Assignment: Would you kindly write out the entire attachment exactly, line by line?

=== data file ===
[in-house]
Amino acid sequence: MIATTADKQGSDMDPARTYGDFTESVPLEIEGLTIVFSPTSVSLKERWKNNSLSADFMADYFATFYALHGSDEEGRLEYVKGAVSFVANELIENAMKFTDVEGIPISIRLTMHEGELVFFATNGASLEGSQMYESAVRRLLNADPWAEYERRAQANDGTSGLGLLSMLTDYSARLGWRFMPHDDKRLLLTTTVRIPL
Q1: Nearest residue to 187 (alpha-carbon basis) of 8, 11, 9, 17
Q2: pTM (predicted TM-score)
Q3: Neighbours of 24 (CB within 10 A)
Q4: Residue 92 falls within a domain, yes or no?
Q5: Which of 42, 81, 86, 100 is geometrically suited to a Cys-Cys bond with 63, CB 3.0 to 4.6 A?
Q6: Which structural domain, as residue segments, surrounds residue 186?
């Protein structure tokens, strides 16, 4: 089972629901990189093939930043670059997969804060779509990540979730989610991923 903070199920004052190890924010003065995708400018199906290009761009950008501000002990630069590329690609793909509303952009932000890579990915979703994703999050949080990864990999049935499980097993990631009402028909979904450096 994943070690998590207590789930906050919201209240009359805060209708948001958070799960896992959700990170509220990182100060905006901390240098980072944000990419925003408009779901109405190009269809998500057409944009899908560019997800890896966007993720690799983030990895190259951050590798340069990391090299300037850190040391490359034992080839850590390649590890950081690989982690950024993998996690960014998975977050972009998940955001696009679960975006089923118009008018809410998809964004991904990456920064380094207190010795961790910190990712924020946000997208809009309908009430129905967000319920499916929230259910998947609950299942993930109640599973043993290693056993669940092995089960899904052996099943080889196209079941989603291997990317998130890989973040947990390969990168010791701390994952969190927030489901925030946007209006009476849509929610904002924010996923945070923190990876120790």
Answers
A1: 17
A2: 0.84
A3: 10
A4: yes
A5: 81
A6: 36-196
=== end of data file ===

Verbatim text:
[in-house]
Amino acid sequence: MIATTADKQGSDMDPARTYGDFTESVPLEIEGLTIVFSPTSVSLKERWKNNSLSADFMADYFATFYALHGSDEEGRLEYVKGAVSFVANELIENAMKFTDVEGIPISIRLTMHEGELVFFATNGASLEGSQMYESAVRRLLNADPWAEYERRAQANDGTSGLGLLSMLTDYSARLGWRFMPHDDKRLLLTTTVRIPL
Q1: Nearest residue to 187 (alpha-carbon basis) of 8, 11, 9, 17
Q2: pTM (predicted TM-score)
Q3: Neighbours of 24 (CB within 10 A)
Q4: Residue 92 falls within a domain, yes or no?
Q5: Which of 42, 81, 86, 100 is geometrically suited to a Cys-Cys bond with 63, CB 3.0 to 4.6 A?
Q6: Which structural domain, as residue segments, surrounds residue 186?
């Protein structure tokens, strides 16, 4: 089972629901990189093939930043670059997969804060779509990540979730989610991923 903070199920004052190890924010003065995708400018199906290009761009950008501000002990630069590329690609793909509303952009932000890579990915979703994703999050949080990864990999049935499980097993990631009402028909979904450096 994943070690998590207590789930906050919201209240009359805060209708948001958070799960896992959700990170509220990182100060905006901390240098980072944000990419925003408009779901109405190009269809998500057409944009899908560019997800890896966007993720690799983030990895190259951050590798340069990391090299300037850190040391490359034992080839850590390649590890950081690989982690950024993998996690960014998975977050972009998940955001696009679960975006089923118009008018809410998809964004991904990456920064380094207190010795961790910190990712924020946000997208809009309908009430129905967000319920499916929230259910998947609950299942993930109640599973043993290693056993669940092995089960899904052996099943080889196209079941989603291997990317998130890989973040947990390969990168010791701390994952969190927030489901925030946007209006009476849509929610904002924010996923945070923190990876120790």
Answers
A1: 17
A2: 0.84
A3: 10
A4: yes
A5: 81
A6: 36-196